Friday, February 15, 2008

Trading Strengths


A Good post from Dr. Steenbarger Trading Logic and Trading Edge: Accuracy, Execution, and Position Sizing

I would say my greatest strength is picking trades correctly in the short term and my biggest weakness is position sizing.

Since the Fed cut interest rates on Jan 22, the market has been going sideways and things have been choppy. Hopefully next week we can get some direction.

It's interesting to note the trend in bond futures. The spread on the 2 and 30 yr bond was widening quite a bit, but there was some narrowing of that spread today, with the 30 yr bond moving up a little.

ZB vs ZF (30yr vs 2yr)


30yr bond ZB


2yr note ZF


30yr Bond

1 comments:

Ben Dare-Dundat on 8:26 PM said...

You give yourself too much credit. From the blowup vid that introduced you to me, it was clear that 1) you weren't that good on picking short term direction, and 2) you were even worse in picking exits.

Granted that may have been the mother of all aberrations in your short trading career, but that's what ultimately defines you to this point since it's the bomb that's knocked you out of the game for the time being.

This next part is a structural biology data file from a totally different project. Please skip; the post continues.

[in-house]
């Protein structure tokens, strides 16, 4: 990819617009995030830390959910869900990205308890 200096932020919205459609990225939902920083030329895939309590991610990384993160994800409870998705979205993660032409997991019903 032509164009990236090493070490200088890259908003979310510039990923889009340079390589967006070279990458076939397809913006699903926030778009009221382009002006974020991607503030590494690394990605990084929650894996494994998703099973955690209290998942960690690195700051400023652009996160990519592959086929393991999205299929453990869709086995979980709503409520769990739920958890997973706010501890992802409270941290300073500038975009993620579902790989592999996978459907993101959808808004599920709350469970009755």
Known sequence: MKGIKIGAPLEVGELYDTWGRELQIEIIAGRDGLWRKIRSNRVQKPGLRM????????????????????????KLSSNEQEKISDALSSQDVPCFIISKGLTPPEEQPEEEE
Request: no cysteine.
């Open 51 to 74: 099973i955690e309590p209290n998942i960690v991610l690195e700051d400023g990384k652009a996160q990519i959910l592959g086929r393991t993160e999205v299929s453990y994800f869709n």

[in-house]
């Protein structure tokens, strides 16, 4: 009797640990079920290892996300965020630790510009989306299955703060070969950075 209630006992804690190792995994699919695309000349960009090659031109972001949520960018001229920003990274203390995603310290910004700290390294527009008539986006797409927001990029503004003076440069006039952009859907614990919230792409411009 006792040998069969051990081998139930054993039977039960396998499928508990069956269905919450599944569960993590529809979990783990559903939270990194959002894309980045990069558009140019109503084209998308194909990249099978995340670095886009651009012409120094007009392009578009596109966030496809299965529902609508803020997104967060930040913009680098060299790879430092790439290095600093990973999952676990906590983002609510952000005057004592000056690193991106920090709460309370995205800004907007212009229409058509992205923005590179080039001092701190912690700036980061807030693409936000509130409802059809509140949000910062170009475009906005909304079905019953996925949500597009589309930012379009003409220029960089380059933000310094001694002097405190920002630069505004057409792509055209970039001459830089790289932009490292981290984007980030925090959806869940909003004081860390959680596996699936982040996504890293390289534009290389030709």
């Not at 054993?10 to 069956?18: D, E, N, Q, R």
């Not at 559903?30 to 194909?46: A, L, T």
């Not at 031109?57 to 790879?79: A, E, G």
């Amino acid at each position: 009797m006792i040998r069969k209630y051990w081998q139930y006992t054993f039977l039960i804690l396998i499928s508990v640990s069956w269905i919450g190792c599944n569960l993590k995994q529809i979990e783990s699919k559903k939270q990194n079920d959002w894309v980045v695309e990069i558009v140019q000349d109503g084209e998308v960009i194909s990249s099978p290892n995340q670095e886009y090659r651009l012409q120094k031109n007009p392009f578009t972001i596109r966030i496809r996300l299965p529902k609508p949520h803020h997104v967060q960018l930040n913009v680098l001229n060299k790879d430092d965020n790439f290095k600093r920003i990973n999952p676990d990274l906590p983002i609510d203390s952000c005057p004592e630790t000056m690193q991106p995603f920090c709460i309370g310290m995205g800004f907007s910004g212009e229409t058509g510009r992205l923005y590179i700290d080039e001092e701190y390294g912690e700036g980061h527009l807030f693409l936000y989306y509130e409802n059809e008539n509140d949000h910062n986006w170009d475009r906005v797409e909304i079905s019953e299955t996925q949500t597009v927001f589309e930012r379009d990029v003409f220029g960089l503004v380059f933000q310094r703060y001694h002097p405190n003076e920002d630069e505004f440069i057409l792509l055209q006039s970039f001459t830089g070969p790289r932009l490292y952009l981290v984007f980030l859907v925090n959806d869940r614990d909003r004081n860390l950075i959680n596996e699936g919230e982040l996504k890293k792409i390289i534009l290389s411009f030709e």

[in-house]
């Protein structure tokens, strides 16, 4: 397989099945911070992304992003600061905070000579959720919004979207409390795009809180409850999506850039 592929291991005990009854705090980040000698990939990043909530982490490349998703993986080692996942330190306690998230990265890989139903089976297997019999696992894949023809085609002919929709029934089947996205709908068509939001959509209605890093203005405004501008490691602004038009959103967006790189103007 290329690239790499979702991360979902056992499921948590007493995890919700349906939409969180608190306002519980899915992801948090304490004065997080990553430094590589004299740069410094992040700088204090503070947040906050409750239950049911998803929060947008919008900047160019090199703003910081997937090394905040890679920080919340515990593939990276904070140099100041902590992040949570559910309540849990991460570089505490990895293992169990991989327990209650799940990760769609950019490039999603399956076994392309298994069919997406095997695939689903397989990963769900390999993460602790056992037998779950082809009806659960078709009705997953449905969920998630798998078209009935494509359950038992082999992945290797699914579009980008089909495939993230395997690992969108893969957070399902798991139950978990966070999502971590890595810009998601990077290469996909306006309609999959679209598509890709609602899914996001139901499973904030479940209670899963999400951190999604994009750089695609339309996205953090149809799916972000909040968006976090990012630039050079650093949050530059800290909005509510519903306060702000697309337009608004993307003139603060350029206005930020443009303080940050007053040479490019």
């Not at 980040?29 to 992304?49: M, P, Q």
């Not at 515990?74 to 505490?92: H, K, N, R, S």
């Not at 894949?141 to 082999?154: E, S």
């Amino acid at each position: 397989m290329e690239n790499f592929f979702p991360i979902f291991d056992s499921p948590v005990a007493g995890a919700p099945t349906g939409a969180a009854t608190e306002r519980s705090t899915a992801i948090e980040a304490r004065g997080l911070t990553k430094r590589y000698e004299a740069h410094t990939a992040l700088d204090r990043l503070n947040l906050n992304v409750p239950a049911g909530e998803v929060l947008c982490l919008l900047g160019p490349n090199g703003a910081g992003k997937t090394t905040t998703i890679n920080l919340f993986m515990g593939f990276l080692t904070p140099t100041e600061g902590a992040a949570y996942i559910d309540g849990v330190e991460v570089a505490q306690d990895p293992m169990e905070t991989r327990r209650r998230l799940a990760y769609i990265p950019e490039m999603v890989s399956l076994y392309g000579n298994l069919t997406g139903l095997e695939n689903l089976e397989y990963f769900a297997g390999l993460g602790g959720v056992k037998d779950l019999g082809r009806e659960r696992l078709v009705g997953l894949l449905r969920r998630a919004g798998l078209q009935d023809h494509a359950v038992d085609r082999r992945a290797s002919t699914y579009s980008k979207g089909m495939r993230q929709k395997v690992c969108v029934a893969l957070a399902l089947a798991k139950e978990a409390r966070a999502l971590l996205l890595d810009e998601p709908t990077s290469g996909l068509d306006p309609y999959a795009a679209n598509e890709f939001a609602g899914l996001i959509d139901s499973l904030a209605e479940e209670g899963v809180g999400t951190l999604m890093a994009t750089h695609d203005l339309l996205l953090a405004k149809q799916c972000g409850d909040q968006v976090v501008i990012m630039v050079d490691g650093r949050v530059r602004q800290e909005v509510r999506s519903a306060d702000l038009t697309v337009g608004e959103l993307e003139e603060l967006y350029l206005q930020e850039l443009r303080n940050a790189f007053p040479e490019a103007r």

I know you'll be back though. You have a lot of trading strengths as well. Number one being you're not afraid to pull the trigger on any trade. You'd be surprised at how many supposed daytraders show up day after day to step in the batters box and never take the bat off their shoulders. I played that mind game for over 6 months once. I called it "paralysis by analysis" as I spent my time tinkering with my charts, convincing myself that I needed to perfect the holiest of grails before venturing into the deep end again. I envied your ability to trade immediately after the blowup. You'll definitely be back trading again.

Just simplify your game when you return. That's what trading index futures is all about. It's got liquidity, heavy volume, nice fills, great leverage, nice daily ranges, etc all in one package. I don't know why you even bother with other distracting games like trying to make heads and tails of the bond spreads or wanting to suddenly trade AAPL or bother trying to fill your screens with so many extraneous charts, unless you're purposely trying to sabotage yourself. Yeah, you're trying to understand the whole picture and get a heads up on what's going to happen, but ideally, the chart you're trading should be your tell.

Pick your futures vehicle, stick with that, stick to one contract with a stop loss in place, and cut out the other noise. I'd also advise you to go to cash at every close. Bank your money and sleep well at night, ready to pounce on the next fresh opportunity, instead of having an existing bias you're praying on with zero control on how any overseas mkt action, early skew government reports, and any and all other world political/business news might be affecting the next open.

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